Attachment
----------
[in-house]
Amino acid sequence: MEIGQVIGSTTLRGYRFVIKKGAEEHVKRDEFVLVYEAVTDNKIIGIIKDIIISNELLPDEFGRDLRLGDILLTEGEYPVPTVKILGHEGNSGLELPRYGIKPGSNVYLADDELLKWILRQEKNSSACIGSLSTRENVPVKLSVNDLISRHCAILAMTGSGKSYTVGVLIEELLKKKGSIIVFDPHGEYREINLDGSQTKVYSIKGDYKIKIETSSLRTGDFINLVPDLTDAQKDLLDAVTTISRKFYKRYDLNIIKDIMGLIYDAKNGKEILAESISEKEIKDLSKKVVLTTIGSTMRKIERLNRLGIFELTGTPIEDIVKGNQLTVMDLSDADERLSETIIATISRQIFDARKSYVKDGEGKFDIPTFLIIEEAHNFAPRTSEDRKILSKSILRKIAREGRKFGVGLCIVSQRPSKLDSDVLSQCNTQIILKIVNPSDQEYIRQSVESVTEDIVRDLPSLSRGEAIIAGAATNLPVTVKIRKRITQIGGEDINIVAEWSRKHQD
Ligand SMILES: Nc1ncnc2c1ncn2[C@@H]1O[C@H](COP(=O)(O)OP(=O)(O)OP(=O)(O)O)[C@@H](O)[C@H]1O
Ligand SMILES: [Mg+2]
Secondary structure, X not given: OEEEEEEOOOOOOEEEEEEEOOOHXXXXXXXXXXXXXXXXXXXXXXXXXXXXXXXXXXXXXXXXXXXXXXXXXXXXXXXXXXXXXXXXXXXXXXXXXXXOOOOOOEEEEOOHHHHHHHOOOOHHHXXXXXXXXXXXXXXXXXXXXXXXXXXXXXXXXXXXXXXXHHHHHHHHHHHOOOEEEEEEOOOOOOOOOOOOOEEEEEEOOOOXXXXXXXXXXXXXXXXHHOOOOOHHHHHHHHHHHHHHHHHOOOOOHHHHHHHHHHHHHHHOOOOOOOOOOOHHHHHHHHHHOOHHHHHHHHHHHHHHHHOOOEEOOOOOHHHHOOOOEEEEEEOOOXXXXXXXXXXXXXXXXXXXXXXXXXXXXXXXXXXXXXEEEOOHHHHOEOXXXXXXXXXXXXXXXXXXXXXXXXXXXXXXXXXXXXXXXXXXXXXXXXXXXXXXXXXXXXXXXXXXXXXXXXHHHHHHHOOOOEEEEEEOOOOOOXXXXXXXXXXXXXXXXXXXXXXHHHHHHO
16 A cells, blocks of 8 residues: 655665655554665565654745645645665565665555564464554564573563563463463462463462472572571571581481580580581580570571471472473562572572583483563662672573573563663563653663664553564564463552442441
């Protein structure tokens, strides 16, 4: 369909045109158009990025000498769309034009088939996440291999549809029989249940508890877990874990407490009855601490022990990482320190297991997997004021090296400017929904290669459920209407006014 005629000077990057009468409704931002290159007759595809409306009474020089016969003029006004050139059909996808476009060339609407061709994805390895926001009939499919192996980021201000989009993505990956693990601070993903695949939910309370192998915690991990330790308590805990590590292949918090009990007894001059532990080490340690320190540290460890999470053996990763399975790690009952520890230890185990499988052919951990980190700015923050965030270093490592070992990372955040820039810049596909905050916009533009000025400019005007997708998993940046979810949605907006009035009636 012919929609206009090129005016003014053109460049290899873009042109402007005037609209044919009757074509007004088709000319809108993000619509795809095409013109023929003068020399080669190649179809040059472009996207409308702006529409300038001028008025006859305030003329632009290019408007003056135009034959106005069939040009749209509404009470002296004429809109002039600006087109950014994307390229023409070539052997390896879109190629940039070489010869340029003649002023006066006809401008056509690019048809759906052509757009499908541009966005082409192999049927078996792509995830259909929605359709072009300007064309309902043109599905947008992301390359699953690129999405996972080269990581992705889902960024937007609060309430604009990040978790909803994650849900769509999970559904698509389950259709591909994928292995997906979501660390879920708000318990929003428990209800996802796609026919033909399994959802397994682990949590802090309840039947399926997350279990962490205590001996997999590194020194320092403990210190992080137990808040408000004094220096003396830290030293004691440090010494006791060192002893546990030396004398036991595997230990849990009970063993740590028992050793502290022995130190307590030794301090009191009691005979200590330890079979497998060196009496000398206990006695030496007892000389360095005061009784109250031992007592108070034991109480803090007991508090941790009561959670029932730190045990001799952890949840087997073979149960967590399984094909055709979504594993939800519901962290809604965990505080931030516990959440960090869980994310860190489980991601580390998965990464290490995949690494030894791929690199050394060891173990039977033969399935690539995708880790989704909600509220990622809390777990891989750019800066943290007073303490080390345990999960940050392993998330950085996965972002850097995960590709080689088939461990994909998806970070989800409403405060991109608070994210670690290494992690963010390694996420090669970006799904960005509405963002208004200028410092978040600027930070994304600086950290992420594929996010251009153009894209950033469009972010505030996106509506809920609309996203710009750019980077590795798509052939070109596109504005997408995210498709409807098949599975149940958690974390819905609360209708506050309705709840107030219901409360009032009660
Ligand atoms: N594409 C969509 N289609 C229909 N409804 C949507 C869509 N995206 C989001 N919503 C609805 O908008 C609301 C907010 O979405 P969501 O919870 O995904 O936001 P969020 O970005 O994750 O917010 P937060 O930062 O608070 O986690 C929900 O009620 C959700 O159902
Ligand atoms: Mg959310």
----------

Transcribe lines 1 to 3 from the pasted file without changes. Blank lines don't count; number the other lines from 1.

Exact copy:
[in-house]
Amino acid sequence: MEIGQVIGSTTLRGYRFVIKKGAEEHVKRDEFVLVYEAVTDNKIIGIIKDIIISNELLPDEFGRDLRLGDILLTEGEYPVPTVKILGHEGNSGLELPRYGIKPGSNVYLADDELLKWILRQEKNSSACIGSLSTRENVPVKLSVNDLISRHCAILAMTGSGKSYTVGVLIEELLKKKGSIIVFDPHGEYREINLDGSQTKVYSIKGDYKIKIETSSLRTGDFINLVPDLTDAQKDLLDAVTTISRKFYKRYDLNIIKDIMGLIYDAKNGKEILAESISEKEIKDLSKKVVLTTIGSTMRKIERLNRLGIFELTGTPIEDIVKGNQLTVMDLSDADERLSETIIATISRQIFDARKSYVKDGEGKFDIPTFLIIEEAHNFAPRTSEDRKILSKSILRKIAREGRKFGVGLCIVSQRPSKLDSDVLSQCNTQIILKIVNPSDQEYIRQSVESVTEDIVRDLPSLSRGEAIIAGAATNLPVTVKIRKRITQIGGEDINIVAEWSRKHQD
Ligand SMILES: Nc1ncnc2c1ncn2[C@@H]1O[C@H](COP(=O)(O)OP(=O)(O)OP(=O)(O)O)[C@@H](O)[C@H]1O